Speech recognition moves into the mainstream

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Speech recognition has reached a landmark. The technology has made the leap from early adopters and pioneers into the mainstream. “Speech has come of age,” sums Linda Reino, chief operating officer of Medquist, Inc.
Historically, speech overpromised and underperformed, says Nick van Terheyden, MD, director of business development for Philips Speech Recognition Systems. Those days are history. The current generation of solutions delivers, continues van Terheyden, with back-end systems bringing as much as a 30 to 40 percent increase in productivity. Turnaround times drop dramatically — as much as 90 percent — with speech, says Nuance Communications Senior Vice President Peter Durlach. And front end that completely bypass transcription and rely on the physician to edit reports can bring additional value. What’s more, the systems pay. According to MedQuist, some customers have realized ROI in as little as three to twelve months.
At RSNA 2005, vendors displayed desktop integration with RIS and PACS. This year, the newest systems from major vendors offer a high level of flexibility, enabling users to flip between front and back end recognition. Most systems don’t force physicians to self-edit, but many (even the skeptical) adopt self-editing when they realize its simplicity and efficiency. According to Nuance, up to 80 to 85 percent of PowerScribe users self-edit. What’s more, simple one-click and voice commands boost productivity and simplify the speech process. Both advances are sure to increase acceptance and adoption.
The current generation of goodies and demonstrated results are sure to tempt a wealth of new users from all avenues of healthcare, but speech is still young.
What’s on the speech horizon? Current systems like MedQuists’s SpeechQ provide XML output and send data to the clinical system in a standardized format. “This is the first step toward populating the clinical record [through speech],” notes Reino. Van Terheyden predicts the advent of a clinically driven workflow enabled by speech. The partnership between Nuance and decision support provider AMIRSYS demonstrate the additional clinical value speech can deliver. In the not too distant future, speech solutions will extract clinical data, provide feedback, facilitate knowledge exchange between the radiologist and clinician and integrate with the EHR, says van Terheyden.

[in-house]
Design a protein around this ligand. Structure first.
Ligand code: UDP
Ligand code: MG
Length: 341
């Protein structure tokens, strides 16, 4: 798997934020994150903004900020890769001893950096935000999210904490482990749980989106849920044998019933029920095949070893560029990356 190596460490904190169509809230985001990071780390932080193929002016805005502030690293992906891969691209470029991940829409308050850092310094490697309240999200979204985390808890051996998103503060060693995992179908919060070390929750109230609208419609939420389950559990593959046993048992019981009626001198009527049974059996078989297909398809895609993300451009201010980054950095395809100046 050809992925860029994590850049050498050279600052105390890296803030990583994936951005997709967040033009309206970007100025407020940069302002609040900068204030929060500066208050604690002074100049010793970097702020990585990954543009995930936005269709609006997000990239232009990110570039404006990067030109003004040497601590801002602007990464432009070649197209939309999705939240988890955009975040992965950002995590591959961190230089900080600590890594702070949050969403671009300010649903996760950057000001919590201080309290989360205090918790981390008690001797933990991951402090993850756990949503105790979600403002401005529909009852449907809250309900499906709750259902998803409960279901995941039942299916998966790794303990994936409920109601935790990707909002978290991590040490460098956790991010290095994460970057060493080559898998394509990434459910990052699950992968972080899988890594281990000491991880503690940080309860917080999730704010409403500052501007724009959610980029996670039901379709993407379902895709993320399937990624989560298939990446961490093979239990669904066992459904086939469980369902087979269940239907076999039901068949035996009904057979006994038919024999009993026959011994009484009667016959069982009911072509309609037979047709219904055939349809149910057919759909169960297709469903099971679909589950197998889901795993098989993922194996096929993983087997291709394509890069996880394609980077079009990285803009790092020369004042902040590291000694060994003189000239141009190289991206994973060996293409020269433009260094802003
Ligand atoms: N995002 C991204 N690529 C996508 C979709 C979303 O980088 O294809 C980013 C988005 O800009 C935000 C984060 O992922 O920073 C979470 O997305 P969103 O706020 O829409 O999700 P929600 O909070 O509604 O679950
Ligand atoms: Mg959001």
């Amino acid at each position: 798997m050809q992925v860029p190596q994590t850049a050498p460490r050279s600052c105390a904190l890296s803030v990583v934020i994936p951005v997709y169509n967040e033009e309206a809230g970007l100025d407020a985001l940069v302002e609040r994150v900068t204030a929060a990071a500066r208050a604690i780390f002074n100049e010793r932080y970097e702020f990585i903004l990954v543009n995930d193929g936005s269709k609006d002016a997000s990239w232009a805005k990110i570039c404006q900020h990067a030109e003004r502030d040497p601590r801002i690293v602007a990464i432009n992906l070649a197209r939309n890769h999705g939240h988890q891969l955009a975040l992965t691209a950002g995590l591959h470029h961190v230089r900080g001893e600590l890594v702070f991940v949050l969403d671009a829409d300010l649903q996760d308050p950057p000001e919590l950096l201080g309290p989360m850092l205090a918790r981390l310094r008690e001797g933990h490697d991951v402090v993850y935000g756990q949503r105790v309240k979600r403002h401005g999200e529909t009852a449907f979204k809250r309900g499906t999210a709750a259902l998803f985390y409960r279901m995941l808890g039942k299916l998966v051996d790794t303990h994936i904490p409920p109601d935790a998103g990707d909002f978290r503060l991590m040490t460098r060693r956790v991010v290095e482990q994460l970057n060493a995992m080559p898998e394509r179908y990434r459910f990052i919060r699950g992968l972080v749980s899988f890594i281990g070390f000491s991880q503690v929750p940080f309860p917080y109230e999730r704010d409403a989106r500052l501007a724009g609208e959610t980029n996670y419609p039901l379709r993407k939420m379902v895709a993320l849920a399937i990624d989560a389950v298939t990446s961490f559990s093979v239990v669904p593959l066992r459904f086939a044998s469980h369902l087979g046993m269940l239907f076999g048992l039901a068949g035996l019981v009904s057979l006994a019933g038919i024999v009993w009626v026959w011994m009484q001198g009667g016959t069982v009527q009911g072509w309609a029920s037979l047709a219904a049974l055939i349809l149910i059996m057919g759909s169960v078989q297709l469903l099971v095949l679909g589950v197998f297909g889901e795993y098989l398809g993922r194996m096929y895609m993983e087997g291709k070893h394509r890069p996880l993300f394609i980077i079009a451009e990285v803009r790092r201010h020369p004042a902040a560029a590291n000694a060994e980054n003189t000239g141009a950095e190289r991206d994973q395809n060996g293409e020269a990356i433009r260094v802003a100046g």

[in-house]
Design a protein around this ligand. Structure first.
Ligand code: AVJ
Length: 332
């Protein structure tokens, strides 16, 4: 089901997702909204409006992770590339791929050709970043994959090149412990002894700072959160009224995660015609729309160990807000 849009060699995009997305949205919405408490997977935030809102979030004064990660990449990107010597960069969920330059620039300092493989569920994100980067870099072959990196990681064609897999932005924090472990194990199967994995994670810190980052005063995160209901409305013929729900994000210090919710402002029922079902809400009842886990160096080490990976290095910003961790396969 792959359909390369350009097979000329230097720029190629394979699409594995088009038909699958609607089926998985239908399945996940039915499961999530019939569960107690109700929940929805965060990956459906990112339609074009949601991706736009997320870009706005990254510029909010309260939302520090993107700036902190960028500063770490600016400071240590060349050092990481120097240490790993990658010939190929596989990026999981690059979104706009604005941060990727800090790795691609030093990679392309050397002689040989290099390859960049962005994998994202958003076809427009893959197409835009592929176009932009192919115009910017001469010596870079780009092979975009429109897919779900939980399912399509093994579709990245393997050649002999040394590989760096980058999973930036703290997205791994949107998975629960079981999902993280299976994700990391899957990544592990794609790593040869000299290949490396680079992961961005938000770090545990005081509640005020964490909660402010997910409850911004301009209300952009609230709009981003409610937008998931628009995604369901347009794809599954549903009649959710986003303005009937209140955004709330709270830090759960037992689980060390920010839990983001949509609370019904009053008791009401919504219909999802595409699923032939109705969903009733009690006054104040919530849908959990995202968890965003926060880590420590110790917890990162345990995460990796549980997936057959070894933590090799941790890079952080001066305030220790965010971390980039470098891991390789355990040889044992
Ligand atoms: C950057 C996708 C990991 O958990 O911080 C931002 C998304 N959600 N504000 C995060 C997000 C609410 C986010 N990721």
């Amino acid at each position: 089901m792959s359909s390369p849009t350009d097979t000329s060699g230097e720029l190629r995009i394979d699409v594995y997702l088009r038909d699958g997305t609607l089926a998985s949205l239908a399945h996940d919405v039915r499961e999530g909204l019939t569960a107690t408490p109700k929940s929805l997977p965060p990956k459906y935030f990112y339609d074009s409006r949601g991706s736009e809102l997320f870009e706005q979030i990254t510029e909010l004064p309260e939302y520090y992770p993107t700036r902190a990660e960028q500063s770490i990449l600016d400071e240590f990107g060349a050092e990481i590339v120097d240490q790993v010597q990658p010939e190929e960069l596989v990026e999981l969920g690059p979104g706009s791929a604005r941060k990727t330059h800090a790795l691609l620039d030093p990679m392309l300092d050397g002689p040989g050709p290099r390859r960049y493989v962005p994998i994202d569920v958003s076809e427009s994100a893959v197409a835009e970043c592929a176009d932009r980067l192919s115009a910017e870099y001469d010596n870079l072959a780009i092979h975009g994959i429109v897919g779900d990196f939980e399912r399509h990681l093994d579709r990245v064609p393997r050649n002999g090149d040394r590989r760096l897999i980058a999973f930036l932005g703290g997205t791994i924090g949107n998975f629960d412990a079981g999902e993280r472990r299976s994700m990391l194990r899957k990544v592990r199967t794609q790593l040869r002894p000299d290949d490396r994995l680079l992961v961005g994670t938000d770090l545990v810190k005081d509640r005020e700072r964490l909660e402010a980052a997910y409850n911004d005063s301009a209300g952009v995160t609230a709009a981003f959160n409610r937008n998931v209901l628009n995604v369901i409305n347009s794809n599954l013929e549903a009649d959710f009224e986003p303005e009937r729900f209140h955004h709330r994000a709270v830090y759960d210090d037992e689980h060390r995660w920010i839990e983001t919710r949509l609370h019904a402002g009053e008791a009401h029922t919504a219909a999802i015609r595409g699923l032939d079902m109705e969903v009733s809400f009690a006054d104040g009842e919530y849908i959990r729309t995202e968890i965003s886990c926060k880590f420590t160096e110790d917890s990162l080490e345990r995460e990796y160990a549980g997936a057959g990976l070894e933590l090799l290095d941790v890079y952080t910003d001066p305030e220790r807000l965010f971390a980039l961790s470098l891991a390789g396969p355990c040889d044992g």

AMIRSYS announced the integrations of STATdx Clinical Decision Support system with the Dictaphone PowerScribe for Radiology solution from Nuance and with Commissure’s RadWhere Suite. 
STATdx point-of-care, Clinical Decision Support system for imaging is designed to support the busy practicing radiologist by increasing speed, accuracy and diagnostic confidence in complex cases. STATdx also assists surgeons, neurologists, women’s health centers and emergency departments improve patient care. Now fully integrated with Dictaphone PowerScribe, STATdx streamlines workflow by reducing the time required to research and complete a difficult imaging analysis. Its digital format sets it apart from a textbook and ensures enterprise-wide access to on-demand reference tools at the point of care.
The agreement with Commissure fully integrates STATdx with the RadWhere Assisted Diagnosis module; a component of the RadWhere reporting suite that is driven by LEXIMER, a patented Natural Language Understanding algorithm. The integration reduces the time required to research clinical content by analyzing report content or accepting a spoken request for information at the time of interpretation and dictation.  

Crescendo announced a new front-end speech recognition module for its MD Center- XL dictation, speech recognition and electronic signature application.
MD Center- XL now automatically produces text from dictations right on screen. Voice commands allow physicians to navigate, edit, format, spell, play, fast forward, rewind, select and sign-off the report without using a mouse or keyboard. With the launch of this front-end module, MD Center- XL now allows physicians to oversee the entire documentation workflow, from dictation and correction to sign-off and final report distribution, using one single interface. The module allows healthcare facilities to leave their document creation options open: switching from back-end to front-end recognition may compensate for transcription resource shortage or periodic peaks of activity. A facility may decide that short